Toward Renewable and Efficient Power Systems
Speaker: Dennice Gayme, Johns Hopkins University
Series: MAE Departmental Seminars
Location: Bowen Hall Room 222
Date/Time: Friday, May 4, 2012, 3:30 p.m. - 4:30 p.m.
Concerns regarding global warming, the finite nature of conventional energy reserves, energy security and rising costs are driving the need to find more efficient and renewable sources of energy. Unfortunately, renewable power sources, such as solar cells or wind farms, differ significantly from conventional power plants and integrating them into the power grid poses a number of challenges. This talk examines strategies for mitigating these challenges through case studies using wind power. The first presents a simple framework to study the use of storage combined with fast-ramping spinning reserves (back-up generation) to mitigate the inherent variability of renewable sources. This idea is then extended to address the question of how to place storage resources in order to simultaneously mitigate risks and minimize costs given different network topologies. Finally, an examination of the complementary problem of wind farm placement and its effect on system damping is carried out. Achieving the full potential of smart and clean power systems will require a combination of different generation schemes, storage, ancillary services and other energy assets as well as an understanding of how to best coordinate and distribute these resources.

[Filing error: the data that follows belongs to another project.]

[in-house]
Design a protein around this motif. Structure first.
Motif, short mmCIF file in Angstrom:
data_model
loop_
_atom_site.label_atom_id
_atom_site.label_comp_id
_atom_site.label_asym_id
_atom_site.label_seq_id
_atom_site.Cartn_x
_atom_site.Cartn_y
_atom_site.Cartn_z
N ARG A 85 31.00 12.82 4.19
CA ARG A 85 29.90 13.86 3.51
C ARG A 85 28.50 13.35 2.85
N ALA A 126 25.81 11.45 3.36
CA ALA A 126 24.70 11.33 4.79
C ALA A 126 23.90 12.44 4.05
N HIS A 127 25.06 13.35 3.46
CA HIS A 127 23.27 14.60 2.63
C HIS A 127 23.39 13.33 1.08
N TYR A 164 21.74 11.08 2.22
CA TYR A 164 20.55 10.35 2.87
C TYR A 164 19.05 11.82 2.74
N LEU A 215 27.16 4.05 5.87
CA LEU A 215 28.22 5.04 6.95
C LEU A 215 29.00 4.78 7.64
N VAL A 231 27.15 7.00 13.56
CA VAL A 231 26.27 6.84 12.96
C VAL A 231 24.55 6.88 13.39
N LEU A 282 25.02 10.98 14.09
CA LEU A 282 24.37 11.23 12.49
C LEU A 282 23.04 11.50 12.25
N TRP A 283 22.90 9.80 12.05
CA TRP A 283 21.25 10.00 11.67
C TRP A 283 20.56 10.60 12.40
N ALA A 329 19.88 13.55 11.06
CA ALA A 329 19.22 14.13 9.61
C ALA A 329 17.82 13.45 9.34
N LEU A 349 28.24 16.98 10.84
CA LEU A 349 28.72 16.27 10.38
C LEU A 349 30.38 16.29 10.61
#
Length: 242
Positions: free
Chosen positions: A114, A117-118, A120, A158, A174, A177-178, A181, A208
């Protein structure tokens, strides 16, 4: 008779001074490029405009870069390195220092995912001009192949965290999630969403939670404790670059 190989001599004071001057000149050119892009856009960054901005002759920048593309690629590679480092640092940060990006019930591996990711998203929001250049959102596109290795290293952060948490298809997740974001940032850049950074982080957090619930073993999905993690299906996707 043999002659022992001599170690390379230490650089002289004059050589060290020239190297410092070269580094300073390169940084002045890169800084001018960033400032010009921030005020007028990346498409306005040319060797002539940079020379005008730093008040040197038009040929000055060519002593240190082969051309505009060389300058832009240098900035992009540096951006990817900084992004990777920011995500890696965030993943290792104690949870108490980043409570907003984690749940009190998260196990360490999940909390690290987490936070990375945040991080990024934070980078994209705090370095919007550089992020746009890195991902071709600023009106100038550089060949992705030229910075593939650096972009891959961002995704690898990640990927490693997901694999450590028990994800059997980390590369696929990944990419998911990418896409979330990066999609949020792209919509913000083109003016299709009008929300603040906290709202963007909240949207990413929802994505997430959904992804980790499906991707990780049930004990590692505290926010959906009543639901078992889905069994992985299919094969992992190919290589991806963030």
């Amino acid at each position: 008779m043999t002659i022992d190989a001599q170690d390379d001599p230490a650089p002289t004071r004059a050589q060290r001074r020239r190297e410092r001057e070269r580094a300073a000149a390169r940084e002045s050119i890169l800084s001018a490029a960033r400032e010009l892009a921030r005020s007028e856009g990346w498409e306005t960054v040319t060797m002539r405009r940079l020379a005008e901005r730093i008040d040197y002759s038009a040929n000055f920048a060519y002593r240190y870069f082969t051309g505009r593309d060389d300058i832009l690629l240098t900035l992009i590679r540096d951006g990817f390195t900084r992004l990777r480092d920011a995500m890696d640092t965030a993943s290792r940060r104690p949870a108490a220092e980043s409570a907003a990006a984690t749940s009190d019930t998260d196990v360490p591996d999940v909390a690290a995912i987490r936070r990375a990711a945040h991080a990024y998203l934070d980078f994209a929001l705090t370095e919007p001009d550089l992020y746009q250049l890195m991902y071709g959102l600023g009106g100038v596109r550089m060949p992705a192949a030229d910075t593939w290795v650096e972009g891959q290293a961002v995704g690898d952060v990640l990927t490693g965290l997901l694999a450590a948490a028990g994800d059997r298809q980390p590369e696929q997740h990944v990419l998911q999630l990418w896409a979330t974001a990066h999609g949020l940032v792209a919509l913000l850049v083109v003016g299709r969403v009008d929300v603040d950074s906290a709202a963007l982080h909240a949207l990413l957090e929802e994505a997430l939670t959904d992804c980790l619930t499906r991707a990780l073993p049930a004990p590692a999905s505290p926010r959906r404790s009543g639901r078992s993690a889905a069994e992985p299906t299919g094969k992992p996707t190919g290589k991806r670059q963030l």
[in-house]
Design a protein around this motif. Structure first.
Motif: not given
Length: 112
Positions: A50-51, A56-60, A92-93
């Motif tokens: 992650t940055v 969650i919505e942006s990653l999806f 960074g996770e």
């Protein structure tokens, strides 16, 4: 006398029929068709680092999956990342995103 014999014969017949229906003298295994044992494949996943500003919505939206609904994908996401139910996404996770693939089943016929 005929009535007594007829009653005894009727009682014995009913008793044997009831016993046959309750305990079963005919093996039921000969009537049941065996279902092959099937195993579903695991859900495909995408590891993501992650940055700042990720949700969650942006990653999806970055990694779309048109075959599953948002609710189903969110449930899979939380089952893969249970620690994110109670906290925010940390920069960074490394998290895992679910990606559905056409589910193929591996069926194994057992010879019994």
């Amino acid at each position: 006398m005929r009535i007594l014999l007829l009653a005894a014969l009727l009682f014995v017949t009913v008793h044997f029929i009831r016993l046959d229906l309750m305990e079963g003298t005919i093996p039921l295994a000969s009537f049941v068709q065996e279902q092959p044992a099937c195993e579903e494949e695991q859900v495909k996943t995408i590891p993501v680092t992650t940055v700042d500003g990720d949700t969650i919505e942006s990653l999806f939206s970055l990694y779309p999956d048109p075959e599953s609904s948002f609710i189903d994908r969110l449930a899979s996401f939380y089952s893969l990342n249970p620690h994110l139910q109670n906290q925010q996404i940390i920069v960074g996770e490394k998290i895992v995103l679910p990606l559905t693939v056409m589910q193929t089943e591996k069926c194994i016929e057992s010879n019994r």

Dennice Gayme is an Assistant Professor in the Department of Mechanical Engineering at Johns Hopkins University. She was previously a postdoctoral scholar in Computing & Mathematical Sciences at Caltech, where she received her doctorate in Control and Dynamical Systems in 2010 and was a recipient of the P.E.O. scholar award in 2007 and the James Irvine Foundation Graduate Fellowship in 2003. She received a Master of Science from the University of California at Berkeley in 1998 and a Bachelor of Engineering & Society from McMaster University in 1997 both in Mechanical Engineering. Prior to her doctoral work she was a Senior Research Scientist in the Systems and Control Technology and Vehicle Health Monitoring Groups at Honeywell Laboratories from 1999-2003. Dennices research interests are in the study of large-scale interconnected systems with an emphasis on renewable and efficient energy systems and wall turbulence.